Sagittal Plane

Sagittal Plane Definition

The sagittal plane is an anatomical boundary that exists between the left and right sides of the body. The sagittal planes runs parallel to the longitudinal axis of the organism, or from the mouth to the tail. The direction toward the sagittal plane is called medial, while the direction away from the sagittal plane is known as lateral. The sagittal plane is similar to the coronal or frontal plane, which also runs with the longitudinal axis. The transverse plane crosses the sagittal plane perpendicularly, and divides the organism into dorsal and ventral parts. A section that runs parallel to the sagittal plane is called a parasagittal plane. The sagittal plane can be seen in relation to the other planes in the following image.

Planes of Section

Human anatomy has a slightly different orientation. This is not due to any difference in human anatomy, but simply the fact that humans tend to orient themselves vertically, while other animals orient themselves horizontally. The sagittal plane still divides humans into left an right halves, but runs vertically instead of horizontally as seen in the following image.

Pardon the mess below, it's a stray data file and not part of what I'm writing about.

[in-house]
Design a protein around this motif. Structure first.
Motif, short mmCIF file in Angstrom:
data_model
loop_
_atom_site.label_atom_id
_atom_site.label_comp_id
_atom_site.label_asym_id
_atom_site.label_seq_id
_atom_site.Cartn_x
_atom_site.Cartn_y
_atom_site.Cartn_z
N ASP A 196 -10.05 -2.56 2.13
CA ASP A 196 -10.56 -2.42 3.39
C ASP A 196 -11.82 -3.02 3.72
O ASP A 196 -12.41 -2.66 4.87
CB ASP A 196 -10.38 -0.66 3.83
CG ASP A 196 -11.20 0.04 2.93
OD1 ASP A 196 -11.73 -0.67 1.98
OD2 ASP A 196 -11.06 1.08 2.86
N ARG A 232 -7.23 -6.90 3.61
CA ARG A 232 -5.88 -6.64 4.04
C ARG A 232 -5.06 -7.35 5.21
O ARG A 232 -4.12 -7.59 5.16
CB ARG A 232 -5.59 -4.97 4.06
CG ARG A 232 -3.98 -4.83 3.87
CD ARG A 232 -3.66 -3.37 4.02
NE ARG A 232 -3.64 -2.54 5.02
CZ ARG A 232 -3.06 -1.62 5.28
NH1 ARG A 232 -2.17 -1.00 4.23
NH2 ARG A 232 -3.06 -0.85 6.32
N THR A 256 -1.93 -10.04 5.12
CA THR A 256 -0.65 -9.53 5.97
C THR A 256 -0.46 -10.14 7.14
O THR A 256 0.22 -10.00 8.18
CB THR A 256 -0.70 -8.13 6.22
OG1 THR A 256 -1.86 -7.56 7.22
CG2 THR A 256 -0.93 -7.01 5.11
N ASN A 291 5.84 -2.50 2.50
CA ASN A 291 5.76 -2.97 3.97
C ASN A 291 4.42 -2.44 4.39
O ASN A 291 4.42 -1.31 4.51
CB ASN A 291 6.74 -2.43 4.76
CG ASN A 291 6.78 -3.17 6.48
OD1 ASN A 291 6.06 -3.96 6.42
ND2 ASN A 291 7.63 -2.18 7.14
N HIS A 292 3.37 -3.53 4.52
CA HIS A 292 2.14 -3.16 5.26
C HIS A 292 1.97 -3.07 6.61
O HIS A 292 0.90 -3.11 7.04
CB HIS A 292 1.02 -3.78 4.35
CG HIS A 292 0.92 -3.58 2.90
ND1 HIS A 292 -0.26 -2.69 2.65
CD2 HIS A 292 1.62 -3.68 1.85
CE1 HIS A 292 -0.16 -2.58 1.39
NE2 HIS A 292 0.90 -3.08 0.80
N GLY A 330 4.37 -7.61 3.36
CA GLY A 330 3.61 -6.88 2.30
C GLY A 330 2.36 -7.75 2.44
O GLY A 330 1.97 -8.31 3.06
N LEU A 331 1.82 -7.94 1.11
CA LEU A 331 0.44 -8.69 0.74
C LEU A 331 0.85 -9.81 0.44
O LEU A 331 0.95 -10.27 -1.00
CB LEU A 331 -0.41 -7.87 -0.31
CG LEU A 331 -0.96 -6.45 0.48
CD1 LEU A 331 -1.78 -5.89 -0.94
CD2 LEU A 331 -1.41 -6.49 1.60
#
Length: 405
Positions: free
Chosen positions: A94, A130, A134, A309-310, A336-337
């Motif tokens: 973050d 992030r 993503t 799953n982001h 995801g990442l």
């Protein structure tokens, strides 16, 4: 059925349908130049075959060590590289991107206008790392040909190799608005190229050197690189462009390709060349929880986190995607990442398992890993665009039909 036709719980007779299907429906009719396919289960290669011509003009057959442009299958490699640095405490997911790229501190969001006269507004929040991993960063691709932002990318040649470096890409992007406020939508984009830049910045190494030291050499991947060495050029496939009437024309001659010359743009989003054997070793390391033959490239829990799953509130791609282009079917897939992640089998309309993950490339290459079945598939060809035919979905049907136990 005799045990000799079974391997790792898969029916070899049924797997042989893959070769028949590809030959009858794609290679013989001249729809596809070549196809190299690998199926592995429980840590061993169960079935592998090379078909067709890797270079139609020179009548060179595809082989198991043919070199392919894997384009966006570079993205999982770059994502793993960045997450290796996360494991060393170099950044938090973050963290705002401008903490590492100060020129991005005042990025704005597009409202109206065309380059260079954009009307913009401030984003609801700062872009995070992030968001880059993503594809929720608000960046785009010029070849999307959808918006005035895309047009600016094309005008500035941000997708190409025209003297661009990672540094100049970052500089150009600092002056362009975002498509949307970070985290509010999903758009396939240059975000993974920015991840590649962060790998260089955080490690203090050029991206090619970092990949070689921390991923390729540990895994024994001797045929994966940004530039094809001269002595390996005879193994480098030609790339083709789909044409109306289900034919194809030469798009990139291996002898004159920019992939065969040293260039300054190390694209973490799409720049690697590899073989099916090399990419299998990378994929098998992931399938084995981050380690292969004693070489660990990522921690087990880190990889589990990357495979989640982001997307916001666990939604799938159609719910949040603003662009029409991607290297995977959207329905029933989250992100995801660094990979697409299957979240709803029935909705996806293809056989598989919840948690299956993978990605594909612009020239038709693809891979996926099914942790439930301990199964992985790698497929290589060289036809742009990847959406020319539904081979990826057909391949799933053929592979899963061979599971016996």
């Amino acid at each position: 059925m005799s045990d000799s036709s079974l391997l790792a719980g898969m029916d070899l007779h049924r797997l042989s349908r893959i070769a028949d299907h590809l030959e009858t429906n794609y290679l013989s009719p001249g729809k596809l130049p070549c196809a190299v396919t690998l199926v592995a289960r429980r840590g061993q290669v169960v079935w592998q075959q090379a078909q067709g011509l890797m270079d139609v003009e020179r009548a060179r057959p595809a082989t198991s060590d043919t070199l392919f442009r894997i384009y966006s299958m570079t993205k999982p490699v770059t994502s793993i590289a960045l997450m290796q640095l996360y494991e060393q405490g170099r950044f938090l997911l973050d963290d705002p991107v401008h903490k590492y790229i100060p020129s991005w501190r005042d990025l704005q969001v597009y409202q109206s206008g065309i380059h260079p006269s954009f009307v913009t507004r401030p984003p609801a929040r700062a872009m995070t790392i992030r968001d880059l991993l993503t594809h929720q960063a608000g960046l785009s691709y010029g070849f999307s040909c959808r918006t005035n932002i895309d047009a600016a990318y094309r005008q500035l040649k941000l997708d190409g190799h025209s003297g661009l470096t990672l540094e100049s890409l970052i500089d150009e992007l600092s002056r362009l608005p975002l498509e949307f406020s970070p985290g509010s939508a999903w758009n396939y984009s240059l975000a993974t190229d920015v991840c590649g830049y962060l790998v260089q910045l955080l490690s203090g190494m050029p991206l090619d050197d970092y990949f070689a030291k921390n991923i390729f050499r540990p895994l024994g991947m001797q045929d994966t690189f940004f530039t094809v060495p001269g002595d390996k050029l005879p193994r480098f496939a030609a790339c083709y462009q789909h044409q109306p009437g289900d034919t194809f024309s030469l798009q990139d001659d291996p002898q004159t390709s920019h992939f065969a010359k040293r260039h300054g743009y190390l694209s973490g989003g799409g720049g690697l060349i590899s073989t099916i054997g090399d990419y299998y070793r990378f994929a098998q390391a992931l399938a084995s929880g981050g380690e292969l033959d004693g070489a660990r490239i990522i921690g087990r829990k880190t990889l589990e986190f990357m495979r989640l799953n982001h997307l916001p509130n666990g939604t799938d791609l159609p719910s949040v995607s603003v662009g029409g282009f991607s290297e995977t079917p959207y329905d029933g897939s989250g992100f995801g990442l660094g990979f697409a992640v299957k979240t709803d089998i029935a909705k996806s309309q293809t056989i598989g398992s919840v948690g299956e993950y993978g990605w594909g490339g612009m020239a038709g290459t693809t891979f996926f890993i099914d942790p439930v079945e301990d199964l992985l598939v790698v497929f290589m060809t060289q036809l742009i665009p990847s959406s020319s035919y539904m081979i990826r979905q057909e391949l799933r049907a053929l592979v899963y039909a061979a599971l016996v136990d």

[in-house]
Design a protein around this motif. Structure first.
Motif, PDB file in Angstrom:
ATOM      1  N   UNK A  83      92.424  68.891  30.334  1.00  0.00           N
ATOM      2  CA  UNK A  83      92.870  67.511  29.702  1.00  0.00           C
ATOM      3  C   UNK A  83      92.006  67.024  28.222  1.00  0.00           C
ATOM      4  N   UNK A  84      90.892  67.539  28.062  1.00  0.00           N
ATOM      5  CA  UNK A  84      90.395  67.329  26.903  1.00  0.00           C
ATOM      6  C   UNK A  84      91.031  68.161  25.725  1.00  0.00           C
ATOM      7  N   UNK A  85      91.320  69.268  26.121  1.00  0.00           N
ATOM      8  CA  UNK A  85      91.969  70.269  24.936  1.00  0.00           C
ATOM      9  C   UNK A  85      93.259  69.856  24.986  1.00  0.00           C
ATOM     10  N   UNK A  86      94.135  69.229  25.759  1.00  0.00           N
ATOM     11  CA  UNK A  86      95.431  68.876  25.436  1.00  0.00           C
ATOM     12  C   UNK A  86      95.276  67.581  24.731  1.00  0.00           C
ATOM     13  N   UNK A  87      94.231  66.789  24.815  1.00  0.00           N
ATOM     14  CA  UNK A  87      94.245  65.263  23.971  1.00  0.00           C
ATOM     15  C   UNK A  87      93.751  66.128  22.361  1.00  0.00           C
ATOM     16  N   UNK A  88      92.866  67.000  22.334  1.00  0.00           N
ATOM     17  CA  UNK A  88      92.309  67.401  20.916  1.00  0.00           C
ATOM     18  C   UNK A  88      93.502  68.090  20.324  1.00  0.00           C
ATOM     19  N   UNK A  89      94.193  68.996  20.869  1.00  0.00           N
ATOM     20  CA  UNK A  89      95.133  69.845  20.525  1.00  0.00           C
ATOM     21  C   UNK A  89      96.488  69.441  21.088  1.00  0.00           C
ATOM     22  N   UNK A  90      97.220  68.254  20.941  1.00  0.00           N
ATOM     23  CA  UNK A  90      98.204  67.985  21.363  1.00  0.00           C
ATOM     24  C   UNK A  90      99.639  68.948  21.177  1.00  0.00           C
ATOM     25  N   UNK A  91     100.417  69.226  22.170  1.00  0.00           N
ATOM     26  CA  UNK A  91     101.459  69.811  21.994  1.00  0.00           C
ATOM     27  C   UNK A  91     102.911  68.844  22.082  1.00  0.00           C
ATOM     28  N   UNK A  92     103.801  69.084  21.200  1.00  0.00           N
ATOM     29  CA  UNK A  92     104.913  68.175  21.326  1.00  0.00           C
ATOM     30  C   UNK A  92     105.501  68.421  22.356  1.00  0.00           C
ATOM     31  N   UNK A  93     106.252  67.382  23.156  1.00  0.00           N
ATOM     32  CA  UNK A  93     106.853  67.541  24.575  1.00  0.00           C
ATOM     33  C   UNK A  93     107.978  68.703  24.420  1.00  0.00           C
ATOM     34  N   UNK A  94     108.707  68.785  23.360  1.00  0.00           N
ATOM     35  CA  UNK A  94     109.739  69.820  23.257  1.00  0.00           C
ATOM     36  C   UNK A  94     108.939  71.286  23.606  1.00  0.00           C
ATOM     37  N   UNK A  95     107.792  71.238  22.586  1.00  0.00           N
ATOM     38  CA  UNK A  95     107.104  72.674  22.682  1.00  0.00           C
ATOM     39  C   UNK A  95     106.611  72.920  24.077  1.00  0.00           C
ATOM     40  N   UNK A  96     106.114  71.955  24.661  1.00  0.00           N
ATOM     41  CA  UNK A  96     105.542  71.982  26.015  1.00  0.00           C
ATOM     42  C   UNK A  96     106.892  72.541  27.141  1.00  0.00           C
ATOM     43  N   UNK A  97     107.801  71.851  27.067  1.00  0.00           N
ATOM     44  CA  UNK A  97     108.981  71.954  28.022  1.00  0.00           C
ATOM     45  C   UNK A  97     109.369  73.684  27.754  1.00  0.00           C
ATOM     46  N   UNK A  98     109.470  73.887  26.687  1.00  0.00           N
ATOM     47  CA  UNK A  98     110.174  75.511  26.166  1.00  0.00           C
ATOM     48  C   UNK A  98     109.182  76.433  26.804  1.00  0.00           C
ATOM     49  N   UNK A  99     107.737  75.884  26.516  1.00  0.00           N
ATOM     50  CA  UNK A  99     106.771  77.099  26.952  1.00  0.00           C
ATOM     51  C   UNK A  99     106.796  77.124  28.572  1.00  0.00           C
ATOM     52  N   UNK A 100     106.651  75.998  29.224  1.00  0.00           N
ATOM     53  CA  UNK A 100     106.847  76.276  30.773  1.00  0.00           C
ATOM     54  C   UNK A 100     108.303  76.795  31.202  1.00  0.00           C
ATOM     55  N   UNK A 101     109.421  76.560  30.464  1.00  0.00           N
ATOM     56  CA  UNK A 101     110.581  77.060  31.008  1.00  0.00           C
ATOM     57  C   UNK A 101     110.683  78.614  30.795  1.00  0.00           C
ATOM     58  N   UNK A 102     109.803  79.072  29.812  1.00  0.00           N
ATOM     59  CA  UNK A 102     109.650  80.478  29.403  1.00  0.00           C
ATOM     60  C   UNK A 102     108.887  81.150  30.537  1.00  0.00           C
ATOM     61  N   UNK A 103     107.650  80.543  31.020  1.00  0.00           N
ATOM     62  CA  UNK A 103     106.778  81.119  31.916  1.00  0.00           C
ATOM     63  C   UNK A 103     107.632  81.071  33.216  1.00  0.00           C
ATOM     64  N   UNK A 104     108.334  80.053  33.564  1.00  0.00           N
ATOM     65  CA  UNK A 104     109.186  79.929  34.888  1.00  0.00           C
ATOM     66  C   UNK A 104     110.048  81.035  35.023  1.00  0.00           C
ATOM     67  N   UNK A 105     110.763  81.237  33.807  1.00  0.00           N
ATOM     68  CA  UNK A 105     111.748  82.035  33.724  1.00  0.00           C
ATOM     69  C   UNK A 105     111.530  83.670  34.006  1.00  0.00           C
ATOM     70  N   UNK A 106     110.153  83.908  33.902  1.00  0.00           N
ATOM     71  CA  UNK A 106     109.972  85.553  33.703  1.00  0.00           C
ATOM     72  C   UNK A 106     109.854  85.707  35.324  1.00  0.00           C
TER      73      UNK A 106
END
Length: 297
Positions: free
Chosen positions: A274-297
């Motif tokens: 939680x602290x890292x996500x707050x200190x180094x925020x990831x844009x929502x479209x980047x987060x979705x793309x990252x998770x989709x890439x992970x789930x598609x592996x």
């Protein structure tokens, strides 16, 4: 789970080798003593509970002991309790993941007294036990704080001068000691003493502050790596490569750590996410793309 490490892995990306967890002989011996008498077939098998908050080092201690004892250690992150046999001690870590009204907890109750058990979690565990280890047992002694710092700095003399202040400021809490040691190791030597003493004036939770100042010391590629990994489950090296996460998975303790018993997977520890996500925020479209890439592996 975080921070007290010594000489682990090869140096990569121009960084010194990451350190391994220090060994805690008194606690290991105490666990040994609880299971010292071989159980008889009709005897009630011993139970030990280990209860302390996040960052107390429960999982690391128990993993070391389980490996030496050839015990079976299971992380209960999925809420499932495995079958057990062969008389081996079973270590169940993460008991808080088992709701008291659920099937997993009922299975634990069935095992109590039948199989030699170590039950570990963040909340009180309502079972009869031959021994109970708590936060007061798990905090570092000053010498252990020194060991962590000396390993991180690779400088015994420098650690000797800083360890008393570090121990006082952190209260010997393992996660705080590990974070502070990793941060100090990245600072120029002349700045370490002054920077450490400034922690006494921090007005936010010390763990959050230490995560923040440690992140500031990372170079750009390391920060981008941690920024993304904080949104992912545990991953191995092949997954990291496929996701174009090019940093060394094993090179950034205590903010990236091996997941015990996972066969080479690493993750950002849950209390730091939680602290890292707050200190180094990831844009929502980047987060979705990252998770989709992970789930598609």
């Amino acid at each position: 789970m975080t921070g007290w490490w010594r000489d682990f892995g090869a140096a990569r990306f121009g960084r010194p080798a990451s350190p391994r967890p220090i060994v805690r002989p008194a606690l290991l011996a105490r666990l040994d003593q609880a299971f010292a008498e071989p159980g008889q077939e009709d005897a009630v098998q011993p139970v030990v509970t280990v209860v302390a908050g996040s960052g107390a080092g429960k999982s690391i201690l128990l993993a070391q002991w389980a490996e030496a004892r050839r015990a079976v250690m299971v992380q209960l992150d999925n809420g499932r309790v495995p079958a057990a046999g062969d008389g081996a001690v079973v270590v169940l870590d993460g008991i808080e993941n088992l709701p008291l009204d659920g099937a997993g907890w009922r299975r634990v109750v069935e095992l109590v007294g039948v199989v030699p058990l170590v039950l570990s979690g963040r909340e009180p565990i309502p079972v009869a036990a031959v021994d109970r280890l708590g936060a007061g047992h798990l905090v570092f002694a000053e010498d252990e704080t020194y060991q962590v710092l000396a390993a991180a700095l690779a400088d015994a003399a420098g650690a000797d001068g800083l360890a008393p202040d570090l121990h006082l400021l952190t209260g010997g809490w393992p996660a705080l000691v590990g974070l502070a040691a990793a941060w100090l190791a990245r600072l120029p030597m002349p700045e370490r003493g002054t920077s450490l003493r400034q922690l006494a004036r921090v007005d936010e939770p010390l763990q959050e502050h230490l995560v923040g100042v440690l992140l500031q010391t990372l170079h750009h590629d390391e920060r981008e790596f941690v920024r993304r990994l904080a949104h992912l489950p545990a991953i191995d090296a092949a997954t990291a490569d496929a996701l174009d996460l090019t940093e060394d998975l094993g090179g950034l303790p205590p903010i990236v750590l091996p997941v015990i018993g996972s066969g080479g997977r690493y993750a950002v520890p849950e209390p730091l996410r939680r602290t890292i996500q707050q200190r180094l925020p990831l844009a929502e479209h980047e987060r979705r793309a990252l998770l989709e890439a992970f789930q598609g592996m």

Planes of Body

Related Biology Terms

  • Coronal Plane – A division along the longitudinal axis which separates the dorsal from the ventral side.
  • Transverse Plane – A plane which bisects the organism perpendicularly to the longitudinal axis.
  • Medial – An anatomical direction towards the sagittal plane.
  • Lateral – A description of the anatomical direction that points away from the sagittal plane.

Quiz

1. You are a wildlife technician, and you are helping airlift a baby elephant with a helicopter. The harness has two attachment points. The instructions on the elephant harness tell you to place the elephant in the harness with the attachment points in line with the sagittal plane. How do you put the elephant in the harness?
A. Place the harness around the elephant’s belly
B. One attachment point should be near the head, while the other is near the tail
C. Put the elephant’s front legs, but not back, in the harness

Answer to Question #1
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